Students get lesson about the U.S. Constitution

By Adrianna Pitrelli
TheStatehouseFile.com

INDIANAPOLIS — With a mind full of knowledge about government, Keshaunn Tompkins-Barnes sat toward the front of Cathedral High School’s auditorium eager to learn about the Constitution and how it affects him and his friends.

“I really want to become a lawyer because there is a lot of injustice in our system that I can help make more fair and I want to stress equality,” Tompkins-Barnes, a senior at Cathedral High School, said. “So for me, the Constitution is an important document because it is the basis of law.”

When he isn’t leading the marching band as a drum major or studying for the SAT, Tompkins-Barnes can be found searching the internet for good schools for pre-law or reading about the lives of successful lawyers.

Heather Welch, Marion County Superior Court judge, talked to Cathedral High School students Monday about Constitution Day. She showed students how the First Amendment affects their everyday lives. Photo by Adrianna Pitrelli, TheStatehouseFile.com

Monday he had a chance to listen to Heather Welch, a Marion Superior Court judge with 23 years of legal experience, talk about the field he hopes to soon enter and the 230-year-old document that has an impact on his life to this day.

Each year, more than 4,000 Hoosier students celebrate Constitution Day with judges and Supreme Court staff attorneys who visit classrooms and give the students background on the celebratory day and what the Constitution means for them.

“It’s a really special day that doesn’t get a lot of recognition but for someone who wants to be a lawyer, it’s very important,” Tompkins-Barnes said. “But other students can learn a lot about it too.”

Welch, who serves in the civil division, spoke to about 100 students, including Tompkins-Barnes, anxious to learn more about one of the nation’s founding document.

“I like to use this opportunity to show the kids the practical parts of the Constitution,” Welch said. “For instance, to talk about social media and the First Amendment so they know where the free speech line begins and ends.”

On Sept. 16, 1787, when the United States was a new country, the founding fathers agreed to principles that became the U.S. Constitution. It’s the oldest national constitution still used and is as useful today as it was when established 230 years ago. Constitution Day has been celebrated since 2004.

“Hearing from a judge and someone who is high in the law to talk about the Constitution is cool and we can all learn a lot from her,” sophomore Jensen Cripps said.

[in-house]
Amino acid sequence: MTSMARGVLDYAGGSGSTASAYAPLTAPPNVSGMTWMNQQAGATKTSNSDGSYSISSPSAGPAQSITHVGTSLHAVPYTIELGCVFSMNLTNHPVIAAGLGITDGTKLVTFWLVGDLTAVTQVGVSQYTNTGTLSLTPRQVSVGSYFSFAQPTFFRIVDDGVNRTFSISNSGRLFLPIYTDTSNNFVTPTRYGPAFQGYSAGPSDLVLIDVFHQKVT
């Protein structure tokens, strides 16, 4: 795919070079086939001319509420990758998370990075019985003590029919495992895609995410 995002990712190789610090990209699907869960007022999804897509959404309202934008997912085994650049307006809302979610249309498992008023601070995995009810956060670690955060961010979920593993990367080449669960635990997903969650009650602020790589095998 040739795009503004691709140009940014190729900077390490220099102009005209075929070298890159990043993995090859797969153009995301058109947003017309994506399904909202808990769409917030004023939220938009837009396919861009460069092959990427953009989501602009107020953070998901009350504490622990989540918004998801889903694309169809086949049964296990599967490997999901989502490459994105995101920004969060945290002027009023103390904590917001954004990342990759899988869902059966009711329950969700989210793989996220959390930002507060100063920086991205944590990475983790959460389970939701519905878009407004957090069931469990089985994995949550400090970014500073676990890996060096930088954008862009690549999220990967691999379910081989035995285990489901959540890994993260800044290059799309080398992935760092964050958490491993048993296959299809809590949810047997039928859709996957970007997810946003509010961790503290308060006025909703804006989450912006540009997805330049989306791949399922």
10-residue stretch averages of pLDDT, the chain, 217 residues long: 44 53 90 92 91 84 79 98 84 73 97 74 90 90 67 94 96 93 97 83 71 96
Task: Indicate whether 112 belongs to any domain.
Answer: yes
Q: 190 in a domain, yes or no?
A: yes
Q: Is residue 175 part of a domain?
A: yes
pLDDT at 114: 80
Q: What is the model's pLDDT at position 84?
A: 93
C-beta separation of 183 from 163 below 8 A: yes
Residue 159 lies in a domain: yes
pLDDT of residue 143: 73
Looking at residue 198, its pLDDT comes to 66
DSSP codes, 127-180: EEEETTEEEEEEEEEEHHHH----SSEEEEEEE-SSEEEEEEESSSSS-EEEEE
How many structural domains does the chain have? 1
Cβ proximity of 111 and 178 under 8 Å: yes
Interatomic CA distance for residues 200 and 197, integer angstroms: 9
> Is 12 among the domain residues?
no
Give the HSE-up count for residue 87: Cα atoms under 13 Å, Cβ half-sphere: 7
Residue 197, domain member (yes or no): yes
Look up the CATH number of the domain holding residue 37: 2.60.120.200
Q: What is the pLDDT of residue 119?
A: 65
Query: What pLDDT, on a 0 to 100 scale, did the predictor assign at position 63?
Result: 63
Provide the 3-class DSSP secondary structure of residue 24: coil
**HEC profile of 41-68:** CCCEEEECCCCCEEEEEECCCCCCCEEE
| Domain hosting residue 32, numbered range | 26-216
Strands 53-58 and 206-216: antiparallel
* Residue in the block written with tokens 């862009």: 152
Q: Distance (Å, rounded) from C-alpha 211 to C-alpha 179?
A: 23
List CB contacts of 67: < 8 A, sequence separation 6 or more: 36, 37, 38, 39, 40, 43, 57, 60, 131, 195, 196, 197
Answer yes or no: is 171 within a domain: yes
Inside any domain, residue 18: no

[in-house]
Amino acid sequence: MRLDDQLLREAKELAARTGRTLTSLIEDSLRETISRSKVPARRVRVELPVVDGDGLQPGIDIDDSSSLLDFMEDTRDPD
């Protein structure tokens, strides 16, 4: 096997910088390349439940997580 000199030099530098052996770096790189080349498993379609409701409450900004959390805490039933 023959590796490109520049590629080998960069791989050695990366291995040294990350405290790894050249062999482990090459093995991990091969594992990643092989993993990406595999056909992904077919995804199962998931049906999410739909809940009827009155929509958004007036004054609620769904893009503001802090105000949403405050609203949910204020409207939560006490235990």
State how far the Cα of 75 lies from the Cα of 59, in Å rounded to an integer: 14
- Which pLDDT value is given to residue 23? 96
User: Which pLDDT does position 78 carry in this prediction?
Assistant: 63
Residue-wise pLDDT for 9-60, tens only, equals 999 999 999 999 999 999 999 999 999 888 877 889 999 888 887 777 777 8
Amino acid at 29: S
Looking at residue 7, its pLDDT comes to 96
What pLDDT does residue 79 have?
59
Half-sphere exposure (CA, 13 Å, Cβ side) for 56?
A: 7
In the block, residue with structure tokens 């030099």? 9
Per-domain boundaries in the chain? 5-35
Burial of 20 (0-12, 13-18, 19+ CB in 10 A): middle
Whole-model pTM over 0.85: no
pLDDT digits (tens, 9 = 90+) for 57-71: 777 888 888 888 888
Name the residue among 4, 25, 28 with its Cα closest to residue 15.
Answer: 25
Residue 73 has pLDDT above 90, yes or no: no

For students like Cripps, who use social media on a daily basis, having knowledge about their Constitutional rights regarding the ever-growing trend is important.

The First Amendment guarantees freedom of speech, religion, press and assembly, as well as the right to petition the government. With social media, Welch said, students often do not know where the line legally and ethically lies and she wanted to show them how to express themselves professionally.

“Before you post, ask yourself is this something your teachers, mom and dad, a college or future job would find appropriate?” she asked the students. “I do a lot of hiring and we always check their social media.”

From religion to threats, Welch walked students through what they’re allowed to say on social media. For example, students can legally talk about religion on social media but are cautioned to not say something that could offend others. However, students cannot make threats to people via social media or they will get in legal trouble.

“When you go to college, you’re going to have to make smart decisions,” she said. “Use your judgment on the front end, not the back end.”

For Tompkins-Barnes, having a judge come to his school meant more than just getting a professional lesson about social media.

“It’s really special for her to take time out of her day to talk to us,” he said. “It showed me you have to be more aware of certain situations and to be a lawyer you have to know the law and the rights of people.”

And that’s why Welch takes time out of her busy schedule each year to talk with students about something she is passionate about.

“I love interacting with the students,” she said. “There are a number of kids who want to be lawyers one day and I had some really great mentors who were both from this school so I try to give back.”

Adrianna Pitrelli is a reporter for TheStatehouseFile.com, a news website powered by Franklin College journalism students.

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